A glittering multitude of stars in the globular cluster Terzan 4 fills this image from the Hubble Space Telescope. Globular clusters are collections of stars bound together by their mutual gravitational attraction, and can contain millions of individual stars. As this image shows, the heart of a globular cluster such as Terzan 4 is a densely packed, crowded field of stars — which makes for spectacular images!
The study of globular clusters was revolutionized by the launch of Hubble in 1990. That’s because the individual stars in these dense crowds are almost impossible to distinguish from one another with ground-based telescopes. However, they can be picked apart using the precise imaging of space telescopes. Astronomers have taken advantage of Hubble’s crystal-clear vision to study the stars making up globular clusters, as well as how these systems change over time.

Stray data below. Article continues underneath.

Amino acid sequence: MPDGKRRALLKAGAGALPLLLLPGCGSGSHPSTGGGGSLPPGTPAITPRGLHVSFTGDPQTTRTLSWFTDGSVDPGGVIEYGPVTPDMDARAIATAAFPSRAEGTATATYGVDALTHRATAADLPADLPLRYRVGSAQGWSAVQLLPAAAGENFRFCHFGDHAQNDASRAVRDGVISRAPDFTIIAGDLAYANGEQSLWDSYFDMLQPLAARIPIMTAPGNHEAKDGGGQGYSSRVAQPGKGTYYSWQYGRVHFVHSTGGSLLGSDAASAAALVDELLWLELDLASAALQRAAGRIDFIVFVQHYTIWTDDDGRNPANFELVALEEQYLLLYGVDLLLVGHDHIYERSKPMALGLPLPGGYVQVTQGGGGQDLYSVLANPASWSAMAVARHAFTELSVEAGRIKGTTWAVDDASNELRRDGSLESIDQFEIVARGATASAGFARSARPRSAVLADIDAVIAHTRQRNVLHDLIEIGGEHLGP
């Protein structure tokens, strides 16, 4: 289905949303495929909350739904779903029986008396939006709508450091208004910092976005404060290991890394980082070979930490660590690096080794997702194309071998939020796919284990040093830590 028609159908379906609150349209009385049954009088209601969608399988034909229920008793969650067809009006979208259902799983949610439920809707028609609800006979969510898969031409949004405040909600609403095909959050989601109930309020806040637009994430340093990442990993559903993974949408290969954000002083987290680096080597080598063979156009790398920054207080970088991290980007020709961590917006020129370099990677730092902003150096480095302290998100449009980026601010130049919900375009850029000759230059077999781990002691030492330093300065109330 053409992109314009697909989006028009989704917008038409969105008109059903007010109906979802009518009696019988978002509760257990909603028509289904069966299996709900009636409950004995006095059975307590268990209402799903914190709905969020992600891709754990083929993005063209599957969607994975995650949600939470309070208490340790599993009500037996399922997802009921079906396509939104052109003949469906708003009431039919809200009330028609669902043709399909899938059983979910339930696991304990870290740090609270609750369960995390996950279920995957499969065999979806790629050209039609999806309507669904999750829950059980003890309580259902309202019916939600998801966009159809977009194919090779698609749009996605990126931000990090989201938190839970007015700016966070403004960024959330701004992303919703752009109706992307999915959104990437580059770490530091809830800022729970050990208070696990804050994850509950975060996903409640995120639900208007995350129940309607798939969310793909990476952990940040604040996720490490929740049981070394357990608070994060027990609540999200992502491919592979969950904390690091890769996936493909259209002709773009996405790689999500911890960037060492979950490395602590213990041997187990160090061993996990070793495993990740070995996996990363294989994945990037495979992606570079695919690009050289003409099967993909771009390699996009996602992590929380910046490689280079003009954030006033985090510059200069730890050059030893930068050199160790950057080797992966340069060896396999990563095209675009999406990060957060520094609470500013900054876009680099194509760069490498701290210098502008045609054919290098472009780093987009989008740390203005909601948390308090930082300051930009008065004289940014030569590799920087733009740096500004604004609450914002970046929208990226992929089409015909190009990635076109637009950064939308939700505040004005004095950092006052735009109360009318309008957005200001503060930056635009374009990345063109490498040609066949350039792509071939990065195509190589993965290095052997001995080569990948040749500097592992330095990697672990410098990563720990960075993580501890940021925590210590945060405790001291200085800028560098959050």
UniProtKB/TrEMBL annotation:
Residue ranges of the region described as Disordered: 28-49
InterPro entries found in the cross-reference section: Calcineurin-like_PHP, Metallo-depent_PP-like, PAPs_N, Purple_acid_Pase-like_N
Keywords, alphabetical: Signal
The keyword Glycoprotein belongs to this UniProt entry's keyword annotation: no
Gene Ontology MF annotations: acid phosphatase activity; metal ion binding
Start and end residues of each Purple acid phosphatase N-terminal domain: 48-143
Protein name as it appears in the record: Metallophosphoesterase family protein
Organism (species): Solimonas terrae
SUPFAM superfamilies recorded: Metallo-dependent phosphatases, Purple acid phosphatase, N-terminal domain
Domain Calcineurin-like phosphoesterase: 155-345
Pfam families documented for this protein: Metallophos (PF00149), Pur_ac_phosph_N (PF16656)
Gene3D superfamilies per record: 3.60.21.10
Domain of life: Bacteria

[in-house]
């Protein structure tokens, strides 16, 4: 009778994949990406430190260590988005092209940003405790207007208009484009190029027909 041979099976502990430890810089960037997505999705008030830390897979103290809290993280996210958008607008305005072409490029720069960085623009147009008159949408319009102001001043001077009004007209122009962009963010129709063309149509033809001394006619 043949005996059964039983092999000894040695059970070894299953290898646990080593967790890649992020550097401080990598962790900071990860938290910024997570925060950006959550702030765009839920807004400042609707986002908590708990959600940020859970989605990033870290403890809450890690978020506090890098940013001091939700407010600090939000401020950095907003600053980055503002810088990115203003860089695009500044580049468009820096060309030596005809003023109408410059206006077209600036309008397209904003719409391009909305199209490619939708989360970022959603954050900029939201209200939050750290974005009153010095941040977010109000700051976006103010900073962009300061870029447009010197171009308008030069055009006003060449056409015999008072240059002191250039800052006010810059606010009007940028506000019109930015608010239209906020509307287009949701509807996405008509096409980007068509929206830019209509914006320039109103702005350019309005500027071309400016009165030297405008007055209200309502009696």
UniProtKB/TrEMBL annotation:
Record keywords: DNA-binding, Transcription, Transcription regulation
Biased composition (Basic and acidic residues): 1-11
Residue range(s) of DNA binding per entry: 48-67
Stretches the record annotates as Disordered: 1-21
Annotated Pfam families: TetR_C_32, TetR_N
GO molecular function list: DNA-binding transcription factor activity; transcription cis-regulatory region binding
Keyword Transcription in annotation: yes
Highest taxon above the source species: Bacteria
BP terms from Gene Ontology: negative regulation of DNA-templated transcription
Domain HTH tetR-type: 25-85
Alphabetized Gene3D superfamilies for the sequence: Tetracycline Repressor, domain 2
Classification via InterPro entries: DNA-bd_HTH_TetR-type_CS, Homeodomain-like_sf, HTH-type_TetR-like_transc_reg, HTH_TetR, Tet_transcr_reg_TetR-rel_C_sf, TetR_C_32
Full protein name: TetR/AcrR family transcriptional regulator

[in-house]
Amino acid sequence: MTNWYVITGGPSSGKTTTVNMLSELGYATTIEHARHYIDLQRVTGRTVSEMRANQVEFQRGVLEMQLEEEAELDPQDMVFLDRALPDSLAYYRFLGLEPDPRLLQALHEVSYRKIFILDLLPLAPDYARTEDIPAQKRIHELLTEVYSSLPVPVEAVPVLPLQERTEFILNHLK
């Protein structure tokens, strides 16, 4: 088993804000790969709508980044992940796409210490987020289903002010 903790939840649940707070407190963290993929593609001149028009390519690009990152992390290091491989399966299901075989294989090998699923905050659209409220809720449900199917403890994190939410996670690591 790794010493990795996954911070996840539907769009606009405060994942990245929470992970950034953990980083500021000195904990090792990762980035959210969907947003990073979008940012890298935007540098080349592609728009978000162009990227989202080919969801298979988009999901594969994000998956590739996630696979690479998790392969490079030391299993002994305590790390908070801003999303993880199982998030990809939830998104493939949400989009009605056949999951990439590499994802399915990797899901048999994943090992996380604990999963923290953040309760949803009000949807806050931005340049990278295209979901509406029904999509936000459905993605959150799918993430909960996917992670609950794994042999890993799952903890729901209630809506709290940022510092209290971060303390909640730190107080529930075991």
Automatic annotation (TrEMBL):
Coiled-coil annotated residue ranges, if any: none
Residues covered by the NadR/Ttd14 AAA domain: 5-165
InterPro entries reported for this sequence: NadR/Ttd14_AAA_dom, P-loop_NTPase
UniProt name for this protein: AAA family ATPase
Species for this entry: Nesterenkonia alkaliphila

This particular observation comes from astronomers using Hubble to explore Terzan 4 and other globular clusters in order to understand the shape, density, age, and structure of globular clusters close to the center of the Milky Way. Unlike globular clusters elsewhere in the sky, these globular clusters have evaded detailed observation because of the clouds of gas and dust swirling around the galactic core. These clouds blot out starlight in a process that astronomers refer to as ‘extinction’, which complicates astronomical observations.
Astronomers took advantage of the sensitivity of two of Hubble’s instruments — the Advanced Camera for Surveys and Wide Field Camera 3 — to overcome the impact of extinction on Terzan 4. By combining Hubble imagery with sophisticated data processing, astronomers were able to determine the ages of galactic globular clusters to within a billion years — a relatively accurate measurement in cosmic terms!